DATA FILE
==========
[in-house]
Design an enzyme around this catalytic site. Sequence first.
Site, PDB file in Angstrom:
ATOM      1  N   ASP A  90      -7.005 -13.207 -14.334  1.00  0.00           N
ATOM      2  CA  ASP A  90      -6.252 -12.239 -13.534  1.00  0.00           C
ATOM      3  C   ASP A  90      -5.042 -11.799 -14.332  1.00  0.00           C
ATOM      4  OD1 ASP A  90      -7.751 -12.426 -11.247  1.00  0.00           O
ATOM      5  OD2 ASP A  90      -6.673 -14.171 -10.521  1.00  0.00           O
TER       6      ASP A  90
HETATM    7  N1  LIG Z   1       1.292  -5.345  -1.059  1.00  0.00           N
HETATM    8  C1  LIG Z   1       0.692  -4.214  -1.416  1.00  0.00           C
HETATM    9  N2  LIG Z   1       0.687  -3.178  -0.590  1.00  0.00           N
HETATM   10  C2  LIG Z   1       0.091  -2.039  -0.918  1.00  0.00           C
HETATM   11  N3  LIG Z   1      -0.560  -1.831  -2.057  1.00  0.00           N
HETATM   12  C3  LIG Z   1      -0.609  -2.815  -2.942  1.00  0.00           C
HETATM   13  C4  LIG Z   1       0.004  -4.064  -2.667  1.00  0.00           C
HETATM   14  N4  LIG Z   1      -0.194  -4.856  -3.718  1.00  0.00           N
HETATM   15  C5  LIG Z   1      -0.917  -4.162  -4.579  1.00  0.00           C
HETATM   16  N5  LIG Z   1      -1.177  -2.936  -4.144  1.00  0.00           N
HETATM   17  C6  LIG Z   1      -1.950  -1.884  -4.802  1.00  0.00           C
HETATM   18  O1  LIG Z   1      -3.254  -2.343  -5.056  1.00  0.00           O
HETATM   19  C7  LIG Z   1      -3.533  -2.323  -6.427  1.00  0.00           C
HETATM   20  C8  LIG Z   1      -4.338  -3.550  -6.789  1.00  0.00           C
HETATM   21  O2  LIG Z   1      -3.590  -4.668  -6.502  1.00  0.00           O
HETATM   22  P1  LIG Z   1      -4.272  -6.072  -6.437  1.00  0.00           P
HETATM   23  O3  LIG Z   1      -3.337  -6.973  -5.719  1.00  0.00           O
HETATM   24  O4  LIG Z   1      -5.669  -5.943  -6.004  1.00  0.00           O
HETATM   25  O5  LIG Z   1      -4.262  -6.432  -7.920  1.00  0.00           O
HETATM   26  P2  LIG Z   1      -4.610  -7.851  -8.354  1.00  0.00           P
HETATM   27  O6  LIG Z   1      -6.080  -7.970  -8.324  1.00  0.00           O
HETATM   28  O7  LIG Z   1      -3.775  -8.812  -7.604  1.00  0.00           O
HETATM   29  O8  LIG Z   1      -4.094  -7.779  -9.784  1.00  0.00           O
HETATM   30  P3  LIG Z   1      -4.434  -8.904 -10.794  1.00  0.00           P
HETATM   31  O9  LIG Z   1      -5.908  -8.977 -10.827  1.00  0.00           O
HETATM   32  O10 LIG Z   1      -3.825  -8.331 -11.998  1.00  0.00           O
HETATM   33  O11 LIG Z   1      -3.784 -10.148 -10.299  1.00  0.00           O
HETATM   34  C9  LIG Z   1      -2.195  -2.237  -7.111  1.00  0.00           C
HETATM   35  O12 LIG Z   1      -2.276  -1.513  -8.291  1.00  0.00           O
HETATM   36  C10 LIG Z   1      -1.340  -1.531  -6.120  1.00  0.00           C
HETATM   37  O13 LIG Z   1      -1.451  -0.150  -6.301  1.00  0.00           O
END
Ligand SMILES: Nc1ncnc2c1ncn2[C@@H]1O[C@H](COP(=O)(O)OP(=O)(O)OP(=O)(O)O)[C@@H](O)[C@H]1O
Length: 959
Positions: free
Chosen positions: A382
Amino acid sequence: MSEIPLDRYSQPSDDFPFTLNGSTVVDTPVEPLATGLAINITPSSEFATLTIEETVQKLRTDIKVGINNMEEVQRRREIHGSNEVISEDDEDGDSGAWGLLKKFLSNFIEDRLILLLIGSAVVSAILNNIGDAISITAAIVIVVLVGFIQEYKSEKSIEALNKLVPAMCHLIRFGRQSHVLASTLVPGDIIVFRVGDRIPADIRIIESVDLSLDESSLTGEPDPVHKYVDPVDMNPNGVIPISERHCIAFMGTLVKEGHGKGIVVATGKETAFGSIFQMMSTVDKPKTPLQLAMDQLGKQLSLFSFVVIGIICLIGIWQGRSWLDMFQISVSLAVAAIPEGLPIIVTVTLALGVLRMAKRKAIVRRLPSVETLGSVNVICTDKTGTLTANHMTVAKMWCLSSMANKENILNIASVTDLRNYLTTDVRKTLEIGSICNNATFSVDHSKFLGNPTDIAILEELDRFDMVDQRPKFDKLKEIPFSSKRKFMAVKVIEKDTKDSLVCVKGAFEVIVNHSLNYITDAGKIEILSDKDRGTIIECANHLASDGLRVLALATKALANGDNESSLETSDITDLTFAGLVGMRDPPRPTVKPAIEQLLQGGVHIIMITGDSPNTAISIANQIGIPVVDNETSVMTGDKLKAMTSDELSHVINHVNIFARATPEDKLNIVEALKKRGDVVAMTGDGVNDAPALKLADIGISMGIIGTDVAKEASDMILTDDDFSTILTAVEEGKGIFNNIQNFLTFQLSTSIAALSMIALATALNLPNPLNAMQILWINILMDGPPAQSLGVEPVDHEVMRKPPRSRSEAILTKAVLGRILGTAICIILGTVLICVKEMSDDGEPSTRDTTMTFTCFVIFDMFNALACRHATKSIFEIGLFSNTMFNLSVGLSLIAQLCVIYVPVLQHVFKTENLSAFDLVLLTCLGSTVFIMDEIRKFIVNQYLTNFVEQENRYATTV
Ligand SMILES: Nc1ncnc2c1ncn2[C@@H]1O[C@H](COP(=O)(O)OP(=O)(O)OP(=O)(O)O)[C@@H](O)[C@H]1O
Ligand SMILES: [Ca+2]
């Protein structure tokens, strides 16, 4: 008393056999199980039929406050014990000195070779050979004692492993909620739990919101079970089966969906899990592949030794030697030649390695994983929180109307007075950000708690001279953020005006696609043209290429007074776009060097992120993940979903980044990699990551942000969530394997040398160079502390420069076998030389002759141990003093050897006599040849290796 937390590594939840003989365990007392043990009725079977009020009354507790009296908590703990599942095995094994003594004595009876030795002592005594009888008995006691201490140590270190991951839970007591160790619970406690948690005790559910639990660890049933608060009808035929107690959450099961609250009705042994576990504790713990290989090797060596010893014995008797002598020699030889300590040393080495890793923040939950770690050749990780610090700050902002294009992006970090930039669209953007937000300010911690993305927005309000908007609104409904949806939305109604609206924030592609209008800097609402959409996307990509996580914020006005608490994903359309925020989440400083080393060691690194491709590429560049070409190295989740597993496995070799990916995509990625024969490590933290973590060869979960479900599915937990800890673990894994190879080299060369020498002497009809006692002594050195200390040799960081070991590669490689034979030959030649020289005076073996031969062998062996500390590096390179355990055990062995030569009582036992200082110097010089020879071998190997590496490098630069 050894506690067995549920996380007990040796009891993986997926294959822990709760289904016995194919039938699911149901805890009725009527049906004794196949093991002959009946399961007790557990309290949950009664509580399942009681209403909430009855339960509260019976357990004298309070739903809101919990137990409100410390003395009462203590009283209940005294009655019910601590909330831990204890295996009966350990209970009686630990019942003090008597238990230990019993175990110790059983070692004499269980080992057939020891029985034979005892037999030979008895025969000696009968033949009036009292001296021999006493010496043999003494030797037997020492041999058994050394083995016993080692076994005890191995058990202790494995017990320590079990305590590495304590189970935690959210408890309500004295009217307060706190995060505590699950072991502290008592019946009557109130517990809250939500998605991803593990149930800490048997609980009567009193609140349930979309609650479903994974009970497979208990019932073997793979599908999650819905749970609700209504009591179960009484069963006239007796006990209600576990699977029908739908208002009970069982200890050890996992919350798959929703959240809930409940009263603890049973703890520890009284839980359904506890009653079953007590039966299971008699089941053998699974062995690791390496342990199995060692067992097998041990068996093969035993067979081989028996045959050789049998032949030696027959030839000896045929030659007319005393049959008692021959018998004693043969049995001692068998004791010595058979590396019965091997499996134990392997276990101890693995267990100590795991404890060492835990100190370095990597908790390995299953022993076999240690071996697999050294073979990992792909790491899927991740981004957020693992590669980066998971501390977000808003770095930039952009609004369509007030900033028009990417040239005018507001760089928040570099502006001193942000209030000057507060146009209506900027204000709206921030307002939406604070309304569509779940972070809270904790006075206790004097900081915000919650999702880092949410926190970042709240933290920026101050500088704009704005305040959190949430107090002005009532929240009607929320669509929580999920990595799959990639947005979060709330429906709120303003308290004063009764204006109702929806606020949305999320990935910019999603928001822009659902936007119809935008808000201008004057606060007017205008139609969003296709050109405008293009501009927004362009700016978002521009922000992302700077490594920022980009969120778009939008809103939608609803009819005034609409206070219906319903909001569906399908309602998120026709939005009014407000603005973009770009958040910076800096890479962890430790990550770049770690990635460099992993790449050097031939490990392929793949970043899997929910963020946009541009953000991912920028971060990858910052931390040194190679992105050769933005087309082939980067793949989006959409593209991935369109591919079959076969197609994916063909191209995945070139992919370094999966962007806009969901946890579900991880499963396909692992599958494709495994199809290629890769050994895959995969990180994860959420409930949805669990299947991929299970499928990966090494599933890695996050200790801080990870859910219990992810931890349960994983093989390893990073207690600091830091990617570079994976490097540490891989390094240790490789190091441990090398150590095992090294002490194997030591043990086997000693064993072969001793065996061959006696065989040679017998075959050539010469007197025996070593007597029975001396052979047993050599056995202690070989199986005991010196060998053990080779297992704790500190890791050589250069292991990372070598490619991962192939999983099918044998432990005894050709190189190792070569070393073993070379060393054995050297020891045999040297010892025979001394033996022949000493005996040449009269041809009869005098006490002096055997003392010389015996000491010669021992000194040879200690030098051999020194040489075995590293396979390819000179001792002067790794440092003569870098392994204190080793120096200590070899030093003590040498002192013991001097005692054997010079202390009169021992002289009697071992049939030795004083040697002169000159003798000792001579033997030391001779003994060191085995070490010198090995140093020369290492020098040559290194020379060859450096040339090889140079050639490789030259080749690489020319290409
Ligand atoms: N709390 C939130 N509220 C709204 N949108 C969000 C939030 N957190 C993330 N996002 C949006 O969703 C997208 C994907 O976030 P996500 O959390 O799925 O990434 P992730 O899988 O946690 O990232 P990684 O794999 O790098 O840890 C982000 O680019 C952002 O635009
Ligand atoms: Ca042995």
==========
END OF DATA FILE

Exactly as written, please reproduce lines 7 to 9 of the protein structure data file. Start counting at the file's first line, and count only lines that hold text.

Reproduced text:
ATOM      4  OD1 ASP A  90      -7.751 -12.426 -11.247  1.00  0.00           O
ATOM      5  OD2 ASP A  90      -6.673 -14.171 -10.521  1.00  0.00           O
TER       6      ASP A  90